Updated March 9, 2019 - 12:23 am
When you think of the top spots for home construction around the Las Vegas Valley, you’ll likely point to areas like Summerlin, the southwest and Henderson.
But sales are rising fastest in another spot altogether: the east side of town.
Compared with other sections of the valley, the east side is older and largely overlooked by developers. But its home prices are lower and, amid affordability concerns in the valley, buyers are showing up.
Builders closed 525 new-home sales in the eastern Las Vegas Valley last year, up 89.5 percent from 2017 — by far the fastest growth rate among valley submarkets, according to Las Vegas-based Home Builders Research.
To be sure, builders’ sales volume there was a fraction of what they fetched in other areas. Developers last year closed the most sales in the southwest, at 3,741, and second-fewest in the eastern valley, Home Builders Research reported.
But there’s a simple reason why its sales totals are climbing fast.
“The bottom line is price,” Home Builders Research President Andrew Smith said. “That’s the most affordable area.”
Overall last year, the median sales price of newly built homes in the valley was about $383,700, according to SalesTraq, the residential research arm of Las Vegas consulting firm Applied Analysis.
By comparison, the average sales price in the eastern valley for builder LGI Homes is in the mid-$200,000 range, according to division president Chris Kelly, who oversees Western U.S. operations.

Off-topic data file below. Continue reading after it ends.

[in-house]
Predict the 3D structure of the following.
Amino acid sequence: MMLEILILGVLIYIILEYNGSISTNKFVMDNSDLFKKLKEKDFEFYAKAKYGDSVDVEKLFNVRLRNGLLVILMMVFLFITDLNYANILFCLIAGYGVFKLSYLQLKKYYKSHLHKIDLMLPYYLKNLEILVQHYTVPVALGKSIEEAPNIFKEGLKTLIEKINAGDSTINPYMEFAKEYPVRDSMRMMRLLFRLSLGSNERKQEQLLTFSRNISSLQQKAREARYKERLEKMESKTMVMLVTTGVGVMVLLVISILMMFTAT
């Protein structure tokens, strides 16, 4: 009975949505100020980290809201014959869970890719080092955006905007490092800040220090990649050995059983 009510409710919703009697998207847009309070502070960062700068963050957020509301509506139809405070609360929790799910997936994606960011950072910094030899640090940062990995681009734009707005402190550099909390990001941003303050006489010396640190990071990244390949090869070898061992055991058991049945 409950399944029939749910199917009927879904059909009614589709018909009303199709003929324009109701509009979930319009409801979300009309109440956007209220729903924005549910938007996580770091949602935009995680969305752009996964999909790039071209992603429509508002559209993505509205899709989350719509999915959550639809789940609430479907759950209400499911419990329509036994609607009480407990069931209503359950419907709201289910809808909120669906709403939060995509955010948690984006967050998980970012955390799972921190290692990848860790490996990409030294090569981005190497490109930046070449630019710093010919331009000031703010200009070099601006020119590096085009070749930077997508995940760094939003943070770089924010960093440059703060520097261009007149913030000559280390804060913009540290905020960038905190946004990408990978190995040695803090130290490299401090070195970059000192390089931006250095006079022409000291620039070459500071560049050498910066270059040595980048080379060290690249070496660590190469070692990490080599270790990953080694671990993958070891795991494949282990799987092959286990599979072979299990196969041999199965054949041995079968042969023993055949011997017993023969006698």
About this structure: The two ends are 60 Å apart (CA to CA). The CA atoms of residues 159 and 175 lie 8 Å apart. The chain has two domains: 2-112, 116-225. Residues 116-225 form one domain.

The Texas-based developer focuses on entry-level buyers and expanded to Las Vegas last year. Its current project sites are exclusively in the eastern valley, and as Kelly confirmed, it has closed more than 50 sales so far — all at a subdivision on Lake Mead Boulevard near Lamb Boulevard.
He said the company aims to offer a “great value for first-time buyers who, frankly, might be priced out” of more “desirable” areas like Henderson or Summerlin.
There isn’t much vacant land on the east side, but builders aren’t exactly lining up to buy what’s left. Kelly said this week that when LGI bought its project sites here, it felt like his company was the only one looking at them.
As of spring 2018, the first two sites that LGI acquired in Las Vegas had eyesore neighbors. One was down the street from a cluster of abandoned, vandalized homes, whose owner had been hit with abatement notices from Clark County saying the structures were fire-damaged and “open to vagrants and rodents.” The other site was next to a vacant lot that had been overtaken by a homeless camp.
But after a year in which Las Vegas home prices grew at one of the fastest rates in the nation, homebuilders fetched record prices in Southern Nevada, and resales tumbled amid worries that buyers were getting squeezed out, less-expensive houses will likely get plenty of attention in 2019.
As Smith put it: “I think the demand is huge.”